ACLA Panel: Tattoos as/in Literature: Beyond the Semiotic and the Bodily.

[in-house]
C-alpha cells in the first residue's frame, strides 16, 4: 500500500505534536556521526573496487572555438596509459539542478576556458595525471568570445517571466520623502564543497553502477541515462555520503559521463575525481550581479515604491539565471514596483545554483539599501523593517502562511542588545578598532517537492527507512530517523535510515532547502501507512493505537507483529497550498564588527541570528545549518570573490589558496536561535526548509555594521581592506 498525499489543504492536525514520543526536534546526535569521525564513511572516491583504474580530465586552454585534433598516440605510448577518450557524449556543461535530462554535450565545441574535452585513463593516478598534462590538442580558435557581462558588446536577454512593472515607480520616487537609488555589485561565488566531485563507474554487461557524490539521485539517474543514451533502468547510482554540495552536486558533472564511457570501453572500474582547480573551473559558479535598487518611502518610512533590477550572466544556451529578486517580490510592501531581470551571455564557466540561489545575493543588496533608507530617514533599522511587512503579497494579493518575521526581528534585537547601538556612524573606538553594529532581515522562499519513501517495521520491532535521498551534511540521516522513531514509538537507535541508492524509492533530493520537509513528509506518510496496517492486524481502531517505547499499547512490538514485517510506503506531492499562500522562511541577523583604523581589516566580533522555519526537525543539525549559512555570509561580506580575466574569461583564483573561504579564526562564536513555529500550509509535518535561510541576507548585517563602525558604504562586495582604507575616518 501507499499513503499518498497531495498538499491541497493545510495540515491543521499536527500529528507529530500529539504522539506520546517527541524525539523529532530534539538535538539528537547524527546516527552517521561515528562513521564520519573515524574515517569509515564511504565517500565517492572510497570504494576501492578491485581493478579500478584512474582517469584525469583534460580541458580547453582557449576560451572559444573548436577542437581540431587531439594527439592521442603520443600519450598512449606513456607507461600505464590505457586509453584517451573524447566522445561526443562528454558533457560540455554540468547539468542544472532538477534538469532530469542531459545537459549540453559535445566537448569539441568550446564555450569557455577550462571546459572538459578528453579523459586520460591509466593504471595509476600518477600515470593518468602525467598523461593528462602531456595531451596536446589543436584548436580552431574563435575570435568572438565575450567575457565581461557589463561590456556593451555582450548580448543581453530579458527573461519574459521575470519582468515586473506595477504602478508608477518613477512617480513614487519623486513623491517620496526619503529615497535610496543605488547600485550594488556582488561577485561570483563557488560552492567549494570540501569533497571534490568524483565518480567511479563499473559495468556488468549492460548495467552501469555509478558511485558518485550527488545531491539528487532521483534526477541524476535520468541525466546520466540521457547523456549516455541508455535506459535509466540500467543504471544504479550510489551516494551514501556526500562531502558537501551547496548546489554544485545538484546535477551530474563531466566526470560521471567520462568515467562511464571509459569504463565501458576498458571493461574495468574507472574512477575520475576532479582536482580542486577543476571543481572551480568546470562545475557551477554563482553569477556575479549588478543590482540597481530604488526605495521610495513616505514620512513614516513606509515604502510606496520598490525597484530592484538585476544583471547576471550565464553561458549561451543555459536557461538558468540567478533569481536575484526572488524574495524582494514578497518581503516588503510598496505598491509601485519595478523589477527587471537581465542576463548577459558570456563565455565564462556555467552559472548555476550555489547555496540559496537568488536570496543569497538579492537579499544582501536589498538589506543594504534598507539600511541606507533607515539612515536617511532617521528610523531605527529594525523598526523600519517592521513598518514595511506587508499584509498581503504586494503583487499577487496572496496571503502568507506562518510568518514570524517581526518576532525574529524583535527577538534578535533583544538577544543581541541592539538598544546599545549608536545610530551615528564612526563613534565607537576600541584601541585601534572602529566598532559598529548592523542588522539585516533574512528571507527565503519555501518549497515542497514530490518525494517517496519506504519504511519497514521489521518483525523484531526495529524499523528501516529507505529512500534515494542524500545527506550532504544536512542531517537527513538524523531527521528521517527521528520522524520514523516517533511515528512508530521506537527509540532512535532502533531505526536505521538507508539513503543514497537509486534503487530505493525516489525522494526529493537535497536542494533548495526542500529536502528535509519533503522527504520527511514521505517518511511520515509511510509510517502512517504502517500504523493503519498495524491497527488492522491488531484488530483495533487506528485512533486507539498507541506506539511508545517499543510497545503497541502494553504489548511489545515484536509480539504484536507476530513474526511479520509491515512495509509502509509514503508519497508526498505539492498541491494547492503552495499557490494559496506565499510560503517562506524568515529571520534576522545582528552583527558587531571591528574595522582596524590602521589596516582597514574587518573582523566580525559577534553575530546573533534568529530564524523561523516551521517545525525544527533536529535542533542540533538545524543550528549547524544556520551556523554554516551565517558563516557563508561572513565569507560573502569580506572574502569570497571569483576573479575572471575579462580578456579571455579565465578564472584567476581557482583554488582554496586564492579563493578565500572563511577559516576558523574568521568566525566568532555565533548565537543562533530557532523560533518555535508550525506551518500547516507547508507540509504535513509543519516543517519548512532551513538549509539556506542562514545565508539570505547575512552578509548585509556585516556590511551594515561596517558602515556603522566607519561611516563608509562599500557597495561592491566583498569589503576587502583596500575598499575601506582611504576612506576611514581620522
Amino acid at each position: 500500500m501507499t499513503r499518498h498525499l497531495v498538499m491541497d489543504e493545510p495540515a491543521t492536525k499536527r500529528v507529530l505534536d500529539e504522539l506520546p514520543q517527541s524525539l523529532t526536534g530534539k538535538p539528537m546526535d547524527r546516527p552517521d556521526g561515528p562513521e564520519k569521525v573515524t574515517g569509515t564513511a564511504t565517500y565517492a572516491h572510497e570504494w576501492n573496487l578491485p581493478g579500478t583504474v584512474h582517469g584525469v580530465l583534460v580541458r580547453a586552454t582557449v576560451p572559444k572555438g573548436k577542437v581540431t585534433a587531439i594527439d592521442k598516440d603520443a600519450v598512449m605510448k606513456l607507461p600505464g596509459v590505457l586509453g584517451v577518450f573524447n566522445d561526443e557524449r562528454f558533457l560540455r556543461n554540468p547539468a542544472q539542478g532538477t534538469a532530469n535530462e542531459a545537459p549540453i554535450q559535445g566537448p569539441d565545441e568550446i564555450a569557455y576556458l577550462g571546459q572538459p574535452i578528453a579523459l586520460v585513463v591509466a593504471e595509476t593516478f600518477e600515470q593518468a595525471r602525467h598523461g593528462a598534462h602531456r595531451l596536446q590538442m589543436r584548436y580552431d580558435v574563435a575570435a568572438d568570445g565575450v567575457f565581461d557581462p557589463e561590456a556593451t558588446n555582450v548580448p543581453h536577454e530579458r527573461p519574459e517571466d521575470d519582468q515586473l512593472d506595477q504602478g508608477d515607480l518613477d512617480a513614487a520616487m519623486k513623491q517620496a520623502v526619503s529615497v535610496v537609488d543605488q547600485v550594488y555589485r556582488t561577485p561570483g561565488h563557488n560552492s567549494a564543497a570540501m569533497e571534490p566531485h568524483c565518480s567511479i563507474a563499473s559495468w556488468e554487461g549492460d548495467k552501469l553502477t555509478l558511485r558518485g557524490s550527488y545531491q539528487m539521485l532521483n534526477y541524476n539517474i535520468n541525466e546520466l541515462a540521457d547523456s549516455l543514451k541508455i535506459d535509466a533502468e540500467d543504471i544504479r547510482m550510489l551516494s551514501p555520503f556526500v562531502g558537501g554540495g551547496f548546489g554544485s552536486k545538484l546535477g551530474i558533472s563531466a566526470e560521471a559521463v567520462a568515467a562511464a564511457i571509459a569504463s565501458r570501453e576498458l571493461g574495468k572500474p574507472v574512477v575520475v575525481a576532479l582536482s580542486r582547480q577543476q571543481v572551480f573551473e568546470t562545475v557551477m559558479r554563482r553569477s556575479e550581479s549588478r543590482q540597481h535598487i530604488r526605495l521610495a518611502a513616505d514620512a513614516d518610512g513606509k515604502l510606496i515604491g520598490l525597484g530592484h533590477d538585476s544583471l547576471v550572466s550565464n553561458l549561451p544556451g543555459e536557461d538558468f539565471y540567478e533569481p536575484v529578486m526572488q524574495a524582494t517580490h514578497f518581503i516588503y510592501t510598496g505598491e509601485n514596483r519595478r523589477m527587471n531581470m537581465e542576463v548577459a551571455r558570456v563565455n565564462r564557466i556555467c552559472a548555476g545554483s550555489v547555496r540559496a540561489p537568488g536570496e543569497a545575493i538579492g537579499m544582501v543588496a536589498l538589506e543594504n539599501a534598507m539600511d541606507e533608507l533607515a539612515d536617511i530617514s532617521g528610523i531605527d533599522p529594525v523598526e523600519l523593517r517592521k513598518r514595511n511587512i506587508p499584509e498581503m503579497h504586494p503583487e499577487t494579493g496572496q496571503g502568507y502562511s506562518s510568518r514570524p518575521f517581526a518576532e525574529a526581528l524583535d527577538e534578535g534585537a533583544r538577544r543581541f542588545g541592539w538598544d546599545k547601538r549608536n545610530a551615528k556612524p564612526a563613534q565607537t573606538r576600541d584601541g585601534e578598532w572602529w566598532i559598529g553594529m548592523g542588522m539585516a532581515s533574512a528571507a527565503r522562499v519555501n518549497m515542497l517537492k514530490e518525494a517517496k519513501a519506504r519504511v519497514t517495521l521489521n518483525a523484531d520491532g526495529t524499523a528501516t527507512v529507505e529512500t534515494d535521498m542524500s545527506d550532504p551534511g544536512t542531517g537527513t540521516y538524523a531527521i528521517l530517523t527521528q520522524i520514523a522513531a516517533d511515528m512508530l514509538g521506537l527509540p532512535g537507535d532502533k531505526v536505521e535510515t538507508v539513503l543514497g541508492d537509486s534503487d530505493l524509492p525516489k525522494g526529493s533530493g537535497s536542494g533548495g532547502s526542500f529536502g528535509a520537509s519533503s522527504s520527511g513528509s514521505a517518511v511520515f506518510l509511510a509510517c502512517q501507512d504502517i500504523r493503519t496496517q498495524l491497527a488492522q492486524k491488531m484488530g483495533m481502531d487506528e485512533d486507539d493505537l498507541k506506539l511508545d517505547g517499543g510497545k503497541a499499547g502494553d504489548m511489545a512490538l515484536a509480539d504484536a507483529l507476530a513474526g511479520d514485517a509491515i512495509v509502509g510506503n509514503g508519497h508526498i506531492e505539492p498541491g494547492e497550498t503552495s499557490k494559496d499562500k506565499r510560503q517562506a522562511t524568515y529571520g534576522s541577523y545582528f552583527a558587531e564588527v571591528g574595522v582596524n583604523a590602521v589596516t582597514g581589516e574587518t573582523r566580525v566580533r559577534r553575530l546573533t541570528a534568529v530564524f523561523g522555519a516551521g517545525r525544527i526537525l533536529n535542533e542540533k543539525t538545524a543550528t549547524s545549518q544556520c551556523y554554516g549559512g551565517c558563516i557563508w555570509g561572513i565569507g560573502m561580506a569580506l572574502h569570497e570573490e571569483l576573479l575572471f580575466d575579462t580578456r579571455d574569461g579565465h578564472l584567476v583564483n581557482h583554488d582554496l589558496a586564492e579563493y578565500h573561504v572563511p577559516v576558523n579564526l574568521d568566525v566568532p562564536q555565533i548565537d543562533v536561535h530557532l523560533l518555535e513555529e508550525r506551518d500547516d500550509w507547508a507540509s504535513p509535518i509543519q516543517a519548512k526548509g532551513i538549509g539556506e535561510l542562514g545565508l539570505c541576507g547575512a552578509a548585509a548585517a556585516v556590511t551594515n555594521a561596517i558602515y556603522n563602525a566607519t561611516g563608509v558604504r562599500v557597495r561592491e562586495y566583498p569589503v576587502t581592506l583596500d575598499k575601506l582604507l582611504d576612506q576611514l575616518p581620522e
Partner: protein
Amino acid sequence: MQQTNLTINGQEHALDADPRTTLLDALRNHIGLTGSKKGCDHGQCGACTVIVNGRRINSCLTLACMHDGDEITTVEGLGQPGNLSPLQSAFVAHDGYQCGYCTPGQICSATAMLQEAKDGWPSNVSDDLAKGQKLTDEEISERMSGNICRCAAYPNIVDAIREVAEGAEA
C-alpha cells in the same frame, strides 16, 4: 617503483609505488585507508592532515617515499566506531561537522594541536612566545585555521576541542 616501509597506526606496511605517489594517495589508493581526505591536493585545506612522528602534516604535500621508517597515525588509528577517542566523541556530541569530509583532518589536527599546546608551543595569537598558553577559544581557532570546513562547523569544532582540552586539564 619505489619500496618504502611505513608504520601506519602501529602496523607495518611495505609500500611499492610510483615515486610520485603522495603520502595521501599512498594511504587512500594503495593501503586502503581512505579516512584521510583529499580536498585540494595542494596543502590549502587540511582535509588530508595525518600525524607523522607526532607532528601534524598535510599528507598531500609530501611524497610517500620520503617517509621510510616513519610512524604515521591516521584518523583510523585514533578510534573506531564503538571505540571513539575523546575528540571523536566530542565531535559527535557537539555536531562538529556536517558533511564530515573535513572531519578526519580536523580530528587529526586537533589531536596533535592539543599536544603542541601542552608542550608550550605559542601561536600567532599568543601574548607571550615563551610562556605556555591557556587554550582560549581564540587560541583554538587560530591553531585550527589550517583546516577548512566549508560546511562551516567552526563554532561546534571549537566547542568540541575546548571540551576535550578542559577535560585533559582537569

CFP for the 2018 ACLA Panel: Tattoos as/in Literature: Beyond the Semiotic and the Bodily. After the “linguistic turn,” and at the intersection of (post)structuralism, deconstruction, and the evolving series of critical discourses on materiality, bodies, the non-human, theory and literary criticism have discovered a need to read beyond words and purely linguistic signification in general. Images and bodies appear no longer as limits of discourse, or as what needs to be translated into words, but as surfaces of signification in themselves. Derrida’s own spatial and visual experimentation in his writing pointed towards the need to consider the inseparable links between words, images, and bodies, not only in literature, but also in theory and philosophy. In On Touching, Derrida describes the unavoidable moment when any word gets inscribed on both the pronouncing and the addressed bodies: “Without even being watched over or pointed out, each word speaks in tongues to the skin, each word has a word on the tongue with the skin. Before a deictic is showing, before an auto-deictic shows itself, by pointing its finger toward itself, before and in view of narcissistic speculation, it touches.” (303) As with tattoos, written discourses are essentially entangled with images and the bodies and surfaces where they are inscribed.Tattoos can be seen as metaphors, figures, or images of discourses, fictional or theoretic, as well as of other art forms. But they can also be considered as the primal metonymy for all of these acts of signification, and thus, as the best way to describe how metonymy functions: by partaking of and creating words and images as well as the bodies upon which these are inscribed, while at the same time showing the constant contamination of borders, and especially between the inside (blood) and the outside (ink) flows of both, signification, and effacement. Tattooing’s tactile demonstration of the contamination inherent to writing, when thought in the context of Western culture’s general prohibition against tattoos, makes them rich sights from which to explore the physical and psychic remainders that modern Western regimes of bodily life produce. Writing of this prohibition, Deleuze and Guattari suggested that tattoos gesture to senses of signification and sensation that explode traditional understandings of the human and its other: “Paintings, tattoos, or marks on the skin embrace the multidimensionality of bodies.”At a time when critical and literary discourse is searching for a novel understanding of signs and the extra-semiotic, tattoos provide an exemplary source for new theoretical reflection. This panel invites presentations analyzing tattoos as both unique phenomena and as schemes to understand or read visual, textual, or mixed-media texts. Proposals investigating the varied ways tattoos reveal links, caesuras, and differences between the semiotic and the bodily are especially welcome. Proposals may reflect on literary, theoretical, cinematic, and philosophical works from any period or cultural context. If you are interested, please send an email with an abstract and short bio to me at firstname.lastname@example.org or to Erik Larsen at email@example.com